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MLS owners approve expansion to 28, Miami’s new stadium site, and more

Photo by Jason Mowry/USA TODAY Sports
Photo by Jason Mowry/USA Today Sports

After a meeting of Major League Soccer’s Board of Governors on Saturday, the league announced 28 clubs as a new goal for future expansion.

“There is no shortage of demand for MLS expansion teams,” said MLS Commissioner Don Garber, “and we believe the opportunity exists to grow beyond our current plans.”

The league’s current plan has called for 24 teams by 2020. Atlanta, Los Angeles, and Minnesota will all have started league play by 2018, and news out of Miami this week supports the notion that David Beckham’s group will secure a team sometime soon.

“We are very supportive of Miami Beckham United’s plans to locate their stadium in the City of Miami’s Overtown neighborhood,” Garber added.  “Their vision for a world-class venue within the urban core that is accessible by mass transportation is impressive, and we believe it will be an important part of the continued revitalization of the area.  We look forward to working with David and his partners to finalize plans to bring Major League Soccer to Miami.”

Alongside the news on expansion, MLS released a number of items decided upon by the Board of Governors in their meeting on Saturday.

The league will take a two-week break during next year’s Copa America Centenario tournament from June 2 to June 14, 2016.

MLS All-Star Players unable to compete in the league’s mid-season showcase will now be prohibited from playing in his next MLS game. If the player is declared medically for the match following the All-Star Game, he will still be eligible for bonuses or option triggers.

A tweak will be made to this year’s successful Decision Day format, with all matches on the last day of the 2016 regular season being played on the same day at the same time.

If a game in 2016 or beyond is abandoned before its conclusion, it will only be postponed rather than cancelled or declared final. MLS’ previous policy stated that any match that made it to the 76th minute of play could stand as final.

Hydration breaks will be expected to occur more frequently in the 2016 season, as the threshold has been lowered from 89.6 Wet Bulb Globe Temperature to just 82 WBGT.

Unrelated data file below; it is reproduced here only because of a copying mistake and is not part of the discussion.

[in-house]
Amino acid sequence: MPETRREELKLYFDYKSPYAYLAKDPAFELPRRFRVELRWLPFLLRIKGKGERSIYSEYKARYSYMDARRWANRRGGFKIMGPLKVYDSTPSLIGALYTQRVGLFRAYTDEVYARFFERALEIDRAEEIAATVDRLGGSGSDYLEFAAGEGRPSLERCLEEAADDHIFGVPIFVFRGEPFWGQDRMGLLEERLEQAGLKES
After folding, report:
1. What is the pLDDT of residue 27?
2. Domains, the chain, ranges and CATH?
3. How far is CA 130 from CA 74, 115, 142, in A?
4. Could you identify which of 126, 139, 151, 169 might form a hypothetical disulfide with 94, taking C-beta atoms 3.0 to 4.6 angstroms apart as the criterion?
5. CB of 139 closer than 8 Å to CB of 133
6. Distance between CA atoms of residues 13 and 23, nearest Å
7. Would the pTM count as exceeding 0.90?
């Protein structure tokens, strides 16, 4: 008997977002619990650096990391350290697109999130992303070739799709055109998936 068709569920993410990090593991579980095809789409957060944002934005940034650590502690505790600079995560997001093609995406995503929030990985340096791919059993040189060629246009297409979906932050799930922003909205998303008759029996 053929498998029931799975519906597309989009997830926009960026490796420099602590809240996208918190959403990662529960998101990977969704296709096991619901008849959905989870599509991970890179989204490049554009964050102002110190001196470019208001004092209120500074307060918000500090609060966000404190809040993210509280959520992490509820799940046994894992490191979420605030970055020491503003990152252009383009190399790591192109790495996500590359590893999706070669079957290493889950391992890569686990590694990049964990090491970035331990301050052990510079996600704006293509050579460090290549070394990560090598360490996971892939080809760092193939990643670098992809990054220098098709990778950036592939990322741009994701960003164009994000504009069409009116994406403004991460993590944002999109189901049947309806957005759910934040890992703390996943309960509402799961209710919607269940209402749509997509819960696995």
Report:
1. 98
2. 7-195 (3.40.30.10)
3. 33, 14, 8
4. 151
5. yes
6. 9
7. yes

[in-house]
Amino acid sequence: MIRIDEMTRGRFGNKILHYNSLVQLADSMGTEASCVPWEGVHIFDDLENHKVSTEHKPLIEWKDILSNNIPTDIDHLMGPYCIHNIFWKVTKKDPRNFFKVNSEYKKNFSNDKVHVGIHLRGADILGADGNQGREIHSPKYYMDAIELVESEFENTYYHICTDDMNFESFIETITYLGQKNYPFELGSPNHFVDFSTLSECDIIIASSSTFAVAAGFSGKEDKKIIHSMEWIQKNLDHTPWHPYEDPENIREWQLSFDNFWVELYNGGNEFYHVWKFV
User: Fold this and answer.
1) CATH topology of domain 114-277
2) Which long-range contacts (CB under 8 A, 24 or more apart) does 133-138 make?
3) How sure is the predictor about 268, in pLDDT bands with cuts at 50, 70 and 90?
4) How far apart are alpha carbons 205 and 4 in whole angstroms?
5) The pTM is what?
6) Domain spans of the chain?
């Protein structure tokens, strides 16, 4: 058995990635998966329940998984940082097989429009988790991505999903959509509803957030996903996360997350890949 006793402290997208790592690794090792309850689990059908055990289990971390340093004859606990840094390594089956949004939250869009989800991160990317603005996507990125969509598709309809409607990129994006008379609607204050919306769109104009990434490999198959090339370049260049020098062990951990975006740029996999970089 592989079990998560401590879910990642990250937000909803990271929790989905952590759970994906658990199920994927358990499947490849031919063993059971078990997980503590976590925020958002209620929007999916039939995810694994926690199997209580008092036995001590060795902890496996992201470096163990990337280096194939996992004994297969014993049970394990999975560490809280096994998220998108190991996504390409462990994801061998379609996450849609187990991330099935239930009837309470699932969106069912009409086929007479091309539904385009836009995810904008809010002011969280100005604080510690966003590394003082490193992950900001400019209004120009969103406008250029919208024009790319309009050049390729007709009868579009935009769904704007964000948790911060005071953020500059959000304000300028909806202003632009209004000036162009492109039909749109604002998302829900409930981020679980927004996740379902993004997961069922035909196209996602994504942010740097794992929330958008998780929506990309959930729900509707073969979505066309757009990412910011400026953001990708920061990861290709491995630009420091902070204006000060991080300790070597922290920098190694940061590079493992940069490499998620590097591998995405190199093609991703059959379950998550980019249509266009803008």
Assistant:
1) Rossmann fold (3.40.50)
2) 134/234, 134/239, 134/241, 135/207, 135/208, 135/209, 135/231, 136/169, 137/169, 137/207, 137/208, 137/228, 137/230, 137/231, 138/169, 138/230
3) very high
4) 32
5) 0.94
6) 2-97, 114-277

Along with these announcements, the MLS Board of Directors discussed further investment in club rosters, changes to Targeted Allocation Money and the possible use of real-time video replays.


  1. More teams means more youth academies.
    I don’t see relegation ever happening. It’d be interesting for sure but will never happen.

    More likely is an old NL / AL type set up where teams play their league almost exclusively and heighten the natural close rivalries.. Then play a few exotic interleague games a year.
    I’m in.

  2. Great posts from the comment section. Pro / Reg will happen. There has to be interest in all 40 MLS Division 1 teams. At that point. Once interest is secured, no matter how sucky the teams are that season…. will TV ratings really soar, esp. for promotion / relegation games.

    Only THEN, does MLS 1 & MLS 2 make sense. And then, again only then, will ratings for Promotion / Relegation really skyrocket. As it is now … let’s say from 24 MLS teams (and 4 of them playing relegation vs… lets say 4 USL sides doesn’t make sense.) For one, MLS owns everyone’s contract.

    Therefore, 40 MLS team… or to make it even quicker. 28 or even 32 teams who have hardcore fans… that could get split into 17 MLS 1 teams and 15 MLS 2 teams.

    Actually… even with out Pro/Rel, MLS could split 14 MLS 1 teams and MLS 2 teams.

    • Pro/Rel will never happen in MLS.

      28 teams is a no brainer. 32 will be the same very soon.

      The fact that the league will be one of the biggest in the world is a debate over when. When, that is the only question.

      • Biggest, most fans, yes it will, soon-ish even, maybe 20 years from now.. Best, doubtful, quality on the field is too far behind other leagues. MLS is just entertainment, no more no less.. P/R, you don’t know that stop acting like you do. It may make the league more entertaining, and profitable in the long run. It is a legitimate debate.